How is Multiple Myeloma treated?
There’s no known cure for multiple myeloma at this time. However, there are a number of treatments that can help ease the pain, reduce complications and slow the progression of the disease. Treatments are only used if the disease is getting progressively worse.
Your doctor is unlikely to suggest treatment if you aren’t experiencing any symptoms. Instead, your doctor will closely monitor your condition for signs that the disease is progressing, which often involves regular blood and urine tests.
If you require treatment, common options include:
Targeted therapy – Targeted therapy medications block a chemical in myeloma cells that destroys proteins, causing the cancer cells to die. The drugs that may be used during targeted therapy include bortezomib (Velcade) and carfilzomib (Kyprolis). Both are administered intravenously, or through a vein in your arm.
Biological therapy – Biological therapy medications use your body’s immune system to attack myeloma cells. The oral form of thalidomide (Thalomid), lenalidomide (Revlimid), or pomalidomide (Pomalyst) is usually employed to boost the immune system. Lenalidomide is similar to thalidomide, but it has fewer side effects. It also appears to be more potent.
Chemotherapy – Chemotherapy is an aggressive form of drug therapy that helps destroy fast-growing cells, including myeloma cells. Chemotherapy drugs are often given in high doses, especially before a stem cell transplant. The medications may be given intravenously or taken in oral form.
Corticosteroids – Corticosteroids, such as prednisone and dexamethasone, are frequently used to treat myeloma. They can bring balance to the immune system by reducing inflammation in the body, so they’re often effective in destroying myeloma cells. They can be taken in oral form or administered intravenously.
Radiation therapy – Radiation therapy uses strong beams of energy to damage myeloma cells in an effort to halt their growth. This type of treatment is sometimes used to kill myeloma cells quickly in a certain area of the body. For example, it may be performed when a cluster of abnormal plasma cells form a tumor called a plasmacytoma that causes pain or destroys bone.
Stem cell transplants – Stem cell transplants involve replacing diseased bone marrow with healthy bone marrow from a donor. Before the procedure, blood-forming stem cells are collected from your blood. The multiple myeloma is then treated with radiation therapy or high doses of chemotherapy. Once the affected tissue can be destroyed, the stem cells can be infused into the body, where they move into the bones and start rebuilding healthy bone marrow.
Alternative medicine – Alternative medicine has become a popular way to cope with the symptoms of multiple myeloma and the side effects of treatment for the condition. While they can’t treat multiple myeloma, you may want to speak with your doctor about:
- relaxation methods
As always, please discuss any alternative therapies with your doctor before trying them to ensure that they’re safe.
What are the complications associated with Multiple Myeloma?
Multiple myeloma can cause a number of health complications, but for the most part they’re usually treatable.
- Back pain can be treated with medications or a back brace.
- Kidney complications are treated with dialysis or a kidney transplant.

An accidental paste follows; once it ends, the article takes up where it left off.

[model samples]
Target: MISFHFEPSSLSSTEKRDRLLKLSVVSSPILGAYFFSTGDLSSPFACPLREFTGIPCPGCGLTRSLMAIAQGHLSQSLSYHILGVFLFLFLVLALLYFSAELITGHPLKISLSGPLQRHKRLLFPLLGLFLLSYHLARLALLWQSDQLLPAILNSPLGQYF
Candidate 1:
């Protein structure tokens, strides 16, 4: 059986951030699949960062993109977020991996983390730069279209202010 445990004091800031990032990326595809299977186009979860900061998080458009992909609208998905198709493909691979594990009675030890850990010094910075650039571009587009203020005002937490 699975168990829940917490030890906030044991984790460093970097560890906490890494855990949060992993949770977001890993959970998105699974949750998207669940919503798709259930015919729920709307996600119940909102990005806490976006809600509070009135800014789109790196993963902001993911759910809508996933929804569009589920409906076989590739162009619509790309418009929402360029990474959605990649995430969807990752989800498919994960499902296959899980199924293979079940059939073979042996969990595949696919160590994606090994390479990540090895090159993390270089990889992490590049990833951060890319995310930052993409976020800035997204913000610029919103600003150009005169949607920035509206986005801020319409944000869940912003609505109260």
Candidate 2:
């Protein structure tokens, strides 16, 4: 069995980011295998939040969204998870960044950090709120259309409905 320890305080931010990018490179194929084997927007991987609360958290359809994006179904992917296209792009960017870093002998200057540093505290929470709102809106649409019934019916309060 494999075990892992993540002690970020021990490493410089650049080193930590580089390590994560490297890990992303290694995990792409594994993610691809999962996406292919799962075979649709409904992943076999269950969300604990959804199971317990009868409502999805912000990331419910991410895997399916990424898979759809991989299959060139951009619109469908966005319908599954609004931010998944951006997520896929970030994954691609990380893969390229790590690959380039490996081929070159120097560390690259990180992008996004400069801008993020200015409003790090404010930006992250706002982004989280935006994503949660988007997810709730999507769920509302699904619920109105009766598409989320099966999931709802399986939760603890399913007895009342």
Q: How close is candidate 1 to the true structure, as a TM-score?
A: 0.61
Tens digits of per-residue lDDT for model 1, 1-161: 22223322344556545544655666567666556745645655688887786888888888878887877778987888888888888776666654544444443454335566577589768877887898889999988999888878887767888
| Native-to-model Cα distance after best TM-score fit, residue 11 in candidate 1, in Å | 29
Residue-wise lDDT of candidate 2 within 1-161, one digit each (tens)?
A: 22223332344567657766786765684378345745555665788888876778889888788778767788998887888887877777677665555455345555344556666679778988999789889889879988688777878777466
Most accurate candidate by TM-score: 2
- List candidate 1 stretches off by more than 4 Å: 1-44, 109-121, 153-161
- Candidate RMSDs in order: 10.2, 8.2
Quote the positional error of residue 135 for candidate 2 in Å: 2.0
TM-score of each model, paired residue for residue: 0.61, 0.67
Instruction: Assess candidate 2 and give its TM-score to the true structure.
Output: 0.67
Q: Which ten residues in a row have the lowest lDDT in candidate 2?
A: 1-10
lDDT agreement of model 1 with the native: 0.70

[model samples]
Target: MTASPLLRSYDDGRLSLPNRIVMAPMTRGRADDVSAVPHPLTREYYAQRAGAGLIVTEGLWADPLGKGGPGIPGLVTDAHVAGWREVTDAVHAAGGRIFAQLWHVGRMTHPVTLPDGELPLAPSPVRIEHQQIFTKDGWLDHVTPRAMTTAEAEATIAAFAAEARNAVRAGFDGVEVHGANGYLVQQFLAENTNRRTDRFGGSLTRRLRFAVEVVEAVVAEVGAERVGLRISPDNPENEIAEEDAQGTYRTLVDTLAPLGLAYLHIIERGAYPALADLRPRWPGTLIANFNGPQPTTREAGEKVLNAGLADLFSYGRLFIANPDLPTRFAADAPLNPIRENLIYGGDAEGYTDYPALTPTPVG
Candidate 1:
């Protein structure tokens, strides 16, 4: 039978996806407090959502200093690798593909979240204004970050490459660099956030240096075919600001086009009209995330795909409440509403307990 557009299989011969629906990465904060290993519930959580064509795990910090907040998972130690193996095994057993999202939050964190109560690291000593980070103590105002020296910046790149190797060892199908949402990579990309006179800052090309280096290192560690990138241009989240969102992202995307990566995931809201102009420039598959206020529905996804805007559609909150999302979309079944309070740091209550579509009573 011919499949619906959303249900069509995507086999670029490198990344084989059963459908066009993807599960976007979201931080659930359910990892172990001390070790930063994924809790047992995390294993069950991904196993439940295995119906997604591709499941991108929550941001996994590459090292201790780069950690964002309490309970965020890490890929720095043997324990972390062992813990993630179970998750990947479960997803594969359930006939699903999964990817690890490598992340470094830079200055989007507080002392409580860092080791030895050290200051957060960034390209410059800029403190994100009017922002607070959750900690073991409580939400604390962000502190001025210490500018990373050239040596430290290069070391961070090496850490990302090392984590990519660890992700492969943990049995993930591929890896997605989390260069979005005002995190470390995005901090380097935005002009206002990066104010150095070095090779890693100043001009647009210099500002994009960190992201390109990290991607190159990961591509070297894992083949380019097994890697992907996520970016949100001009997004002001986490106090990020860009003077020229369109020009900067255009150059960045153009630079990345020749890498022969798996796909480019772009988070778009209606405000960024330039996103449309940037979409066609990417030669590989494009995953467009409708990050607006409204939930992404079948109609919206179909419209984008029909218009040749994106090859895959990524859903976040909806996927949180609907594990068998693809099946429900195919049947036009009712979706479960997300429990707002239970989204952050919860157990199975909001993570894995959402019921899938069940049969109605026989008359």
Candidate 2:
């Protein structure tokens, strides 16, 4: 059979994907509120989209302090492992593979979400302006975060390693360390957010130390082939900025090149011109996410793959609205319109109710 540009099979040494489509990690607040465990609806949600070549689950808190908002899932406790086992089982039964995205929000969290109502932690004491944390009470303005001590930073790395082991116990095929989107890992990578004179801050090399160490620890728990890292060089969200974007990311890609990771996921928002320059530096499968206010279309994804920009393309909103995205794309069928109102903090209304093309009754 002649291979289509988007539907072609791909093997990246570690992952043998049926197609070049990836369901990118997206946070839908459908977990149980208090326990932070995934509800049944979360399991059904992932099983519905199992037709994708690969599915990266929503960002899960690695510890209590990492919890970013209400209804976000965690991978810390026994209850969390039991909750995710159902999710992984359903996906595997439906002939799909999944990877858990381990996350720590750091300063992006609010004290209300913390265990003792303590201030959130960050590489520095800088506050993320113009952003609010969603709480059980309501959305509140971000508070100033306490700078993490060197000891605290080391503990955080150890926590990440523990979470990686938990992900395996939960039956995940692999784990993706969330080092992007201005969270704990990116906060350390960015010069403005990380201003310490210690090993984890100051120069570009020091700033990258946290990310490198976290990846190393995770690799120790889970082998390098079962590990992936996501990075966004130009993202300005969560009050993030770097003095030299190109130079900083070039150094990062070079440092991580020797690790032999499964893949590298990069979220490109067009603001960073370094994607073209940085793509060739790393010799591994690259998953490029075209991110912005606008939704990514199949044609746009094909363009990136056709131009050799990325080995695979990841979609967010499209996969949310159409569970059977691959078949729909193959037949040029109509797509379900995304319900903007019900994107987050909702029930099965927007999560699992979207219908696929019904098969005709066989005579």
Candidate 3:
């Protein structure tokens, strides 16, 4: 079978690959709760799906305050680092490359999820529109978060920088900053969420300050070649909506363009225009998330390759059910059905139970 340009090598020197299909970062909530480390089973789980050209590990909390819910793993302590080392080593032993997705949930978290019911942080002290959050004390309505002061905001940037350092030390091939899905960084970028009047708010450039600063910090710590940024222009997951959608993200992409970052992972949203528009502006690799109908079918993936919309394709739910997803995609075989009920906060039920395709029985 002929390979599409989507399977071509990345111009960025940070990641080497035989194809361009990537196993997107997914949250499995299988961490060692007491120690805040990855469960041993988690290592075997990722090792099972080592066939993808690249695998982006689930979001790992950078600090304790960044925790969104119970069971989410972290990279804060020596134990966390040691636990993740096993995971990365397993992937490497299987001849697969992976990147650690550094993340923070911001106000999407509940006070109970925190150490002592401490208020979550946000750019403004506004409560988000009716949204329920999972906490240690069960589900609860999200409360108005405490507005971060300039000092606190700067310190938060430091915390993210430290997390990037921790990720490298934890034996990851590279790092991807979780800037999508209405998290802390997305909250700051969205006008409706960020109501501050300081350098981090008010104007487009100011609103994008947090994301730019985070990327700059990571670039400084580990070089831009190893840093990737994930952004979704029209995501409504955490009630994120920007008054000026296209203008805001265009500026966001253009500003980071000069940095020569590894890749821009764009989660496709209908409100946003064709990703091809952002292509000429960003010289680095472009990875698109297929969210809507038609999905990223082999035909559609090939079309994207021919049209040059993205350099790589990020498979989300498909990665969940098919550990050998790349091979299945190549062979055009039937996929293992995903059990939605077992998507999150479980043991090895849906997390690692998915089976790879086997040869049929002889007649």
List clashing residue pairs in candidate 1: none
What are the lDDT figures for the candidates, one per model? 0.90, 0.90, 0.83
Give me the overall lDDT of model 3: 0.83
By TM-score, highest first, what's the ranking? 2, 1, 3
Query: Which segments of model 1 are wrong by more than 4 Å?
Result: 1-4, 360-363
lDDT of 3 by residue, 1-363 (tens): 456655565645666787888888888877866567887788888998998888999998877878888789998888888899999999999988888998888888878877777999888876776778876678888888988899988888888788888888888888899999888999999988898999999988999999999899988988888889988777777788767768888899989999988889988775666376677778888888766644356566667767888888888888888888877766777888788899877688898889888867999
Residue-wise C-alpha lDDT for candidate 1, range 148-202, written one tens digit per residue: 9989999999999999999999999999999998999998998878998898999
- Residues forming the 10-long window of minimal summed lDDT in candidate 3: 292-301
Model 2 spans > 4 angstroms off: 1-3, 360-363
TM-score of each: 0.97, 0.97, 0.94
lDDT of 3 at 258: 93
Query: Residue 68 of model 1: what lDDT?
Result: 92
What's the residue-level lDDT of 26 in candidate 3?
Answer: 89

- Infections can be treated with antibiotics.
- Bone loss can be slowed or prevented with drug therapy.
- Anemia can be treated with erythropoietin. This medication stimulates the body to produce more red blood cells.
Coping with Multiple Myeloma
If you’ve received a multiple myeloma diagnosis, you might find it helpful to do one or more of the following:
Learn more about multiple myeloma – Educate yourself by learning about multiple myeloma so you can make informed decisions about your treatment. Speak with your doctor about your treatment options and the possible side effects of treatment. The National Cancer Institute and International Myeloma Foundation can also provide you with more information about multiple myeloma.
Establish a support system – Establish a support system by gathering a group of friends and family members that can lend a helping hand or emotional support when you need it. Support groups can also be helpful and may be found online. If you prefer to meet with a support group in person, visit the American Cancer Society website to find groups in your area.
Set reasonable goals – Stay motivated by setting reasonable goals that give you a sense of control over your condition. Don’t set goals that are too lofty, though. Doing so can lead to exhaustion and frustration. For example, you may not be able to work a full 40 hours per week, but you may still be able to work part time.
Focus on your overall health – Be sure to eat healthy foods and get an appropriate amount of sleep. It can also be beneficial to perform low-intensity exercises, such as walking or yoga, a couple of times per week. Keeping your body and mind as healthy as possible can help you cope better with the stress and fatigue you may experience with cancer.
What’s the outlook for people with Multiple Myeloma?
People who’ve recently received a diagnosis of multiple myeloma may not experience symptoms for several years. Once the disease has progressed and symptoms do occur, most people respond well to treatment. However, serious complications can develop, even after years of successful treatment.
An exact timetable for the disease is difficult to predict, but according to the American Cancer Society, the median survival rates for the three stages of multiple myeloma are as follows:
- Stage 1: 62 months, which is approximately five years
- Stage 2: 44 months, which is approximately three to four years
- Stage 3: 29 months, which is approximately two to three years
It’s important to keep in mind that these are general estimates based on previous outcomes of numerous people who’ve experienced multiple myeloma. Your specific outlook depends on various factors, including your age, overall health, and how well your cancer responds to treatment. Speak with your doctor about your particular situation to learn more about your outlook.